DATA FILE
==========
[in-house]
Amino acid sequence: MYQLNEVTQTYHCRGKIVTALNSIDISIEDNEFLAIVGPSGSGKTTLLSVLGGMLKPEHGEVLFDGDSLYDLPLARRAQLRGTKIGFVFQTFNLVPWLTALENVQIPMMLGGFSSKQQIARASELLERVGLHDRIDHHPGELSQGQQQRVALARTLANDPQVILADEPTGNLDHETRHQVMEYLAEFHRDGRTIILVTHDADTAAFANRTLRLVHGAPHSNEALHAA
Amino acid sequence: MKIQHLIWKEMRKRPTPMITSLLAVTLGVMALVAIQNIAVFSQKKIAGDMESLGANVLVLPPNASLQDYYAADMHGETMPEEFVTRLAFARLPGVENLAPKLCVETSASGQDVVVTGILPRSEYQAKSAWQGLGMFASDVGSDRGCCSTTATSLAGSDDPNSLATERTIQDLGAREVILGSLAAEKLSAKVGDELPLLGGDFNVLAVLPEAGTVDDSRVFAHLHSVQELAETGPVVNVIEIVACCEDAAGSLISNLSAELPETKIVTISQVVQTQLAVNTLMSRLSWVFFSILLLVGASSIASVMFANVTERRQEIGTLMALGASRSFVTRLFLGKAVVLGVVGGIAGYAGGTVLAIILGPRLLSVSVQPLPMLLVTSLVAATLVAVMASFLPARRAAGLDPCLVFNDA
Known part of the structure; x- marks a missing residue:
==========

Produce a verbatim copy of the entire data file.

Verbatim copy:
[in-house]
Amino acid sequence: MYQLNEVTQTYHCRGKIVTALNSIDISIEDNEFLAIVGPSGSGKTTLLSVLGGMLKPEHGEVLFDGDSLYDLPLARRAQLRGTKIGFVFQTFNLVPWLTALENVQIPMMLGGFSSKQQIARASELLERVGLHDRIDHHPGELSQGQQQRVALARTLANDPQVILADEPTGNLDHETRHQVMEYLAEFHRDGRTIILVTHDADTAAFANRTLRLVHGAPHSNEALHAA
Amino acid sequence: MKIQHLIWKEMRKRPTPMITSLLAVTLGVMALVAIQNIAVFSQKKIAGDMESLGANVLVLPPNASLQDYYAADMHGETMPEEFVTRLAFARLPGVENLAPKLCVETSASGQDVVVTGILPRSEYQAKSAWQGLGMFASDVGSDRGCCSTTATSLAGSDDPNSLATERTIQDLGAREVILGSLAAEKLSAKVGDELPLLGGDFNVLAVLPEAGTVDDSRVFAHLHSVQELAETGPVVNVIEIVACCEDAAGSLISNLSAELPETKIVTISQVVQTQLAVNTLMSRLSWVFFSILLLVGASSIASVMFANVTERRQEIGTLMALGASRSFVTRLFLGKAVVLGVVGGIAGYAGGTVLAIILGPRLLSVSVQPLPMLLVTSLVAATLVAVMASFLPARRAAGLDPCLVFNDA
Known part of the structure; x- marks a missing residue: